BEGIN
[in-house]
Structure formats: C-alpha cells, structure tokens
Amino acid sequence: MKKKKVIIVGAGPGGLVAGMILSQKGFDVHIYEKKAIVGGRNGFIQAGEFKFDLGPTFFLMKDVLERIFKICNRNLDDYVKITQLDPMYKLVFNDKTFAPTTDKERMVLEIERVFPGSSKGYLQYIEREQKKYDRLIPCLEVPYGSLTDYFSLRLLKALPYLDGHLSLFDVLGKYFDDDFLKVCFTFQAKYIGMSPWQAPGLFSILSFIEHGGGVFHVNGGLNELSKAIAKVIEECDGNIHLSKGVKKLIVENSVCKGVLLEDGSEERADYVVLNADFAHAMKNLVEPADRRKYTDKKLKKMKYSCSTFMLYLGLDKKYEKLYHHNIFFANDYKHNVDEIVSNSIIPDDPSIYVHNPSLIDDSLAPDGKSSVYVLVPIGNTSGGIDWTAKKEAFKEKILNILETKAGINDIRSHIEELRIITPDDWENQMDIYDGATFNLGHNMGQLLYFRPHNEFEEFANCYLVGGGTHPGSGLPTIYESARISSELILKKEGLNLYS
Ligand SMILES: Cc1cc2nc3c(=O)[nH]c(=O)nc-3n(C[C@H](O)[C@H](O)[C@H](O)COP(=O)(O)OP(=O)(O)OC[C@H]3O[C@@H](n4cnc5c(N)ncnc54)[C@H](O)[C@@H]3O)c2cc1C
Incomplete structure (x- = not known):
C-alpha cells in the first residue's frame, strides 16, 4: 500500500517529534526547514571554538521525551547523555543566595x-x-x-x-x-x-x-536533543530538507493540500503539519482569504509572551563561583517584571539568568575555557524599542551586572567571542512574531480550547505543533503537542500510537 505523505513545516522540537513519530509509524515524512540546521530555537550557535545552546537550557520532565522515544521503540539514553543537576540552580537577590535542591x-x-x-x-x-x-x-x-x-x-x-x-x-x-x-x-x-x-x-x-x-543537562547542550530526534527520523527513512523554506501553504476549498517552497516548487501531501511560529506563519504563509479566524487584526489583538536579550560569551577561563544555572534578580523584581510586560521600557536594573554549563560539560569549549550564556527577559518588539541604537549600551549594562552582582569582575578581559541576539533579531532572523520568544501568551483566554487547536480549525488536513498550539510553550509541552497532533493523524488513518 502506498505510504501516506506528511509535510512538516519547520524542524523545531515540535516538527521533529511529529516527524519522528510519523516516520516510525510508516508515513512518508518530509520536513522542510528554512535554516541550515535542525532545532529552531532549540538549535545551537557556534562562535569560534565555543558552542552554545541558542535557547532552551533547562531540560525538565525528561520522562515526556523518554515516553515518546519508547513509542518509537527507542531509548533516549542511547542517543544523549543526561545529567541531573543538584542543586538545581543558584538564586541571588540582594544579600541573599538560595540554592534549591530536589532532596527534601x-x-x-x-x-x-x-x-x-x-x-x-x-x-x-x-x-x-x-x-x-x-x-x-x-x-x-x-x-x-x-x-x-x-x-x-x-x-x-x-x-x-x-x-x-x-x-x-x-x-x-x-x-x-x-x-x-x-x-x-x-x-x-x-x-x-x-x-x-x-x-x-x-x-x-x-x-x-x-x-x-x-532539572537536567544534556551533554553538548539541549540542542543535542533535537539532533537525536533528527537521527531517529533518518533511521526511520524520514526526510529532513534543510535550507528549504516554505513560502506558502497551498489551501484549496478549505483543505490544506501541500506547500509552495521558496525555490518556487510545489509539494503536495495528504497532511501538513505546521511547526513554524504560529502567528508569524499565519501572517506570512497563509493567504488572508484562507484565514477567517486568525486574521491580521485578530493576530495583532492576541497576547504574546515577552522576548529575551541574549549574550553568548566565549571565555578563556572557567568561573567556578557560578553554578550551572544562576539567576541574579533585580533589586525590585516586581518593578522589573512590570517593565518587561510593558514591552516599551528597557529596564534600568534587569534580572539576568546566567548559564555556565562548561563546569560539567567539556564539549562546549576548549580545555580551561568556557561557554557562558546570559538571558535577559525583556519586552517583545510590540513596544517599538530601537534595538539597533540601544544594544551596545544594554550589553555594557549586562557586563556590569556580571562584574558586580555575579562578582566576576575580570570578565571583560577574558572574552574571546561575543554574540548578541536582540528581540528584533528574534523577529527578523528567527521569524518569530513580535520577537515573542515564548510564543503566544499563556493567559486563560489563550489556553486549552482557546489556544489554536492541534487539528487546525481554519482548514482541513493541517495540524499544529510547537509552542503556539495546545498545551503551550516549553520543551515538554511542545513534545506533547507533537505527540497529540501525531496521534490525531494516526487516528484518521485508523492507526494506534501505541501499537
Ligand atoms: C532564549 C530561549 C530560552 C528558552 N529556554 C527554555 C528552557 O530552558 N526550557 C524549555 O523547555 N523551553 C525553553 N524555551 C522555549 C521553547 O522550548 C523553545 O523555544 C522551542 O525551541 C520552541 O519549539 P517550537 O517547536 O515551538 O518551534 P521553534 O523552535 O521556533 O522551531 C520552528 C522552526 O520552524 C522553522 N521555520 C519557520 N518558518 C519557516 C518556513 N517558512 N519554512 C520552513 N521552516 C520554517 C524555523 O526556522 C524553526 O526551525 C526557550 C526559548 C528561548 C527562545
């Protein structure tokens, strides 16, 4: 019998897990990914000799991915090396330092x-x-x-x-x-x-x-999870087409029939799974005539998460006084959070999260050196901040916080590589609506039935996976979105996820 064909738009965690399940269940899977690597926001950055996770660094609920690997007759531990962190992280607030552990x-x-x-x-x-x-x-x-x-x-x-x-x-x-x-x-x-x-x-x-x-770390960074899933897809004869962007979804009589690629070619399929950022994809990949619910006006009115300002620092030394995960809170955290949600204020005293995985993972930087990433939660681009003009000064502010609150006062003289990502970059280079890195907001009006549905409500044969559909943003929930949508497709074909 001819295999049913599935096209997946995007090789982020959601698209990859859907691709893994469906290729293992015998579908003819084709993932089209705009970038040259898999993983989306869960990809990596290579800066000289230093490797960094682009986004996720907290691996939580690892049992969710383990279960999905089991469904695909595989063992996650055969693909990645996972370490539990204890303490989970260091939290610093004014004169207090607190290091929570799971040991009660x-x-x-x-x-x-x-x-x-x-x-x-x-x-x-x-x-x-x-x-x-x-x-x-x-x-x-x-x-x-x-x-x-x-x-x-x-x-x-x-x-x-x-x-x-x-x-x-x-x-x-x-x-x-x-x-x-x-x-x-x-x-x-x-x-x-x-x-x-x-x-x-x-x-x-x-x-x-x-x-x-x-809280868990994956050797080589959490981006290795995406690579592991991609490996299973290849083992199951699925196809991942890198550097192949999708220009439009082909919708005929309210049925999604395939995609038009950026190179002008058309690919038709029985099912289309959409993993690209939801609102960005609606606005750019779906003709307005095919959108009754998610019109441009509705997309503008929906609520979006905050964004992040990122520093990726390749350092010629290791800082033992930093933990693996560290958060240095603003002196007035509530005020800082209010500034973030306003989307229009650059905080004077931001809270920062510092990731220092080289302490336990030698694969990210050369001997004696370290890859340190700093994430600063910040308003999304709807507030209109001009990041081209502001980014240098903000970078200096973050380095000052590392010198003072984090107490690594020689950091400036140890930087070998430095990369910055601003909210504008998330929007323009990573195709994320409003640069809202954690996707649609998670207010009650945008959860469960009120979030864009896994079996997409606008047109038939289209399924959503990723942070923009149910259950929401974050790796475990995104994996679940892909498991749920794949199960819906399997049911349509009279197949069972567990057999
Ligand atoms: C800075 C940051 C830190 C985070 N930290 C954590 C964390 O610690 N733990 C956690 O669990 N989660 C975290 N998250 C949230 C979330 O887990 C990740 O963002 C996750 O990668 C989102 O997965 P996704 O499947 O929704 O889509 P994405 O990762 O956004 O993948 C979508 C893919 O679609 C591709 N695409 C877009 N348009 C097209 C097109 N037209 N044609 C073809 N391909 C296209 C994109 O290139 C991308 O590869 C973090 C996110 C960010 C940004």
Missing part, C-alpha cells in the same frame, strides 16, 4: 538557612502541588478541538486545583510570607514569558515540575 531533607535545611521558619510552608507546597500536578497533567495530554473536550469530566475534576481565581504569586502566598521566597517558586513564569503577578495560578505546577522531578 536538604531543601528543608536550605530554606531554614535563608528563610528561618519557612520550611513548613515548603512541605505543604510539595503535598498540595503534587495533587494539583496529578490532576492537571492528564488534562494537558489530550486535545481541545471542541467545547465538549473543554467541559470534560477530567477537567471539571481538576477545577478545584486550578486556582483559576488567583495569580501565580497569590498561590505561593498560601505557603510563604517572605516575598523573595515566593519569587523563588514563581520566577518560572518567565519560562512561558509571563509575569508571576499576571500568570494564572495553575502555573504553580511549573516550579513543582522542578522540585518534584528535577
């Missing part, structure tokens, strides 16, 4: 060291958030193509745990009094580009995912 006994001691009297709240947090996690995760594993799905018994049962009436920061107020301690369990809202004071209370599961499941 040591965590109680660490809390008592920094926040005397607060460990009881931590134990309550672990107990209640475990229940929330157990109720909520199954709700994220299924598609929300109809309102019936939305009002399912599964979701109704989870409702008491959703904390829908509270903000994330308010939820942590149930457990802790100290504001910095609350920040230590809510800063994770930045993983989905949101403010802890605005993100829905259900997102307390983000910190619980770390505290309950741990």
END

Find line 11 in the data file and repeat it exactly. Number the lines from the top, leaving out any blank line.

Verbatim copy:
């Missing part, structure tokens, strides 16, 4: 060291958030193509745990009094580009995912 006994001691009297709240947090996690995760594993799905018994049962009436920061107020301690369990809202004071209370599961499941 040591965590109680660490809390008592920094926040005397607060460990009881931590134990309550672990107990209640475990229940929330157990109720909520199954709700994220299924598609929300109809309102019936939305009002399912599964979701109704989870409702008491959703904390829908509270903000994330308010939820942590149930457990802790100290504001910095609350920040230590809510800063994770930045993983989905949101403010802890605005993100829905259900997102307390983000910190619980770390505290309950741990």